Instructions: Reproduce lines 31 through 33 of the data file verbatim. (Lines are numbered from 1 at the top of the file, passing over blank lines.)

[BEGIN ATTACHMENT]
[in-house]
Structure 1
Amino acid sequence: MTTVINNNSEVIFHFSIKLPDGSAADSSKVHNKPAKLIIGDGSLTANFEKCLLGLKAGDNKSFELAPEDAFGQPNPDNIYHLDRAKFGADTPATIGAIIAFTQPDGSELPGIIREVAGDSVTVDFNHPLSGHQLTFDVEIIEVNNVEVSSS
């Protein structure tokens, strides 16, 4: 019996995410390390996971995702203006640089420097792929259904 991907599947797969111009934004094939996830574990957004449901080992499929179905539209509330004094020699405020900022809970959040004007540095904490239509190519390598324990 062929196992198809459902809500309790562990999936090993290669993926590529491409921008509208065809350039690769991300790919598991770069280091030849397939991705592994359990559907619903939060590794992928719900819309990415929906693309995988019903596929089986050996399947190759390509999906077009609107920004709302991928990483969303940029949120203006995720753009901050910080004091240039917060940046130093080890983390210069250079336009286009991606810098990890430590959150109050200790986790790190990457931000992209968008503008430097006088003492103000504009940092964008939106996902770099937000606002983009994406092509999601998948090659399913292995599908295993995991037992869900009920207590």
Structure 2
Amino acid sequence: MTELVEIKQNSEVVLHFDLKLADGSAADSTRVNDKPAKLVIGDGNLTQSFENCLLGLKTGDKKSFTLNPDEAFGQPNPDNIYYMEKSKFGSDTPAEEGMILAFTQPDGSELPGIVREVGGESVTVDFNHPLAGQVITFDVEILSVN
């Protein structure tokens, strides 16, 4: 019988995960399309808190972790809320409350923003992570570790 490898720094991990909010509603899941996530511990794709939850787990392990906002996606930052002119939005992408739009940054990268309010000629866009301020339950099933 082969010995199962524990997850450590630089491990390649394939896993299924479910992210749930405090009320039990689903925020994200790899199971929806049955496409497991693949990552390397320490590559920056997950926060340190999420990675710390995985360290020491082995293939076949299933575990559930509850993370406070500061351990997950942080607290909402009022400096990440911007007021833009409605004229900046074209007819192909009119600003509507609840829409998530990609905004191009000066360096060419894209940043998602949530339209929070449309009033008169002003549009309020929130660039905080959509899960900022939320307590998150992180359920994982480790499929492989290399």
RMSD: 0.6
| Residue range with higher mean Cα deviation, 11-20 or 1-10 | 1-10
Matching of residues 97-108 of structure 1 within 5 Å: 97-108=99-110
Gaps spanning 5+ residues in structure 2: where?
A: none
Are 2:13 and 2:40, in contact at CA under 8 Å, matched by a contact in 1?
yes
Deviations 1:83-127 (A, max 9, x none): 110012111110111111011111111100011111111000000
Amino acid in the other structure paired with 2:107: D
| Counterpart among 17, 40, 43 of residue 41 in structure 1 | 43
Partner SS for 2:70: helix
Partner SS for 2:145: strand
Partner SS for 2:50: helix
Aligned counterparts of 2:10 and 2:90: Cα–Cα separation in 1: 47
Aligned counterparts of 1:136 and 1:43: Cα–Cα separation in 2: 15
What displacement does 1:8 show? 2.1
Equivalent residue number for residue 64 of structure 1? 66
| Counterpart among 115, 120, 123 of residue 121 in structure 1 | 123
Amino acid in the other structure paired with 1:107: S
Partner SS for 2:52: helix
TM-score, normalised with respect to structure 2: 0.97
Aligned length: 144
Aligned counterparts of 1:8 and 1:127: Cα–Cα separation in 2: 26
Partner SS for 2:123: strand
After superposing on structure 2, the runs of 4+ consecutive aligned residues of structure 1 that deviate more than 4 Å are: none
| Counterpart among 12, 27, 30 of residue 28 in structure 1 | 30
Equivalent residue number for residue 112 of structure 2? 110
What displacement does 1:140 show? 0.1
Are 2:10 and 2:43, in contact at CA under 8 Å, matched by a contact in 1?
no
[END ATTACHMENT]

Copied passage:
Partner SS for 2:123: strand
After superposing on structure 2, the runs of 4+ consecutive aligned residues of structure 1 that deviate more than 4 Å are: none
| Counterpart among 12, 27, 30 of residue 28 in structure 1 | 30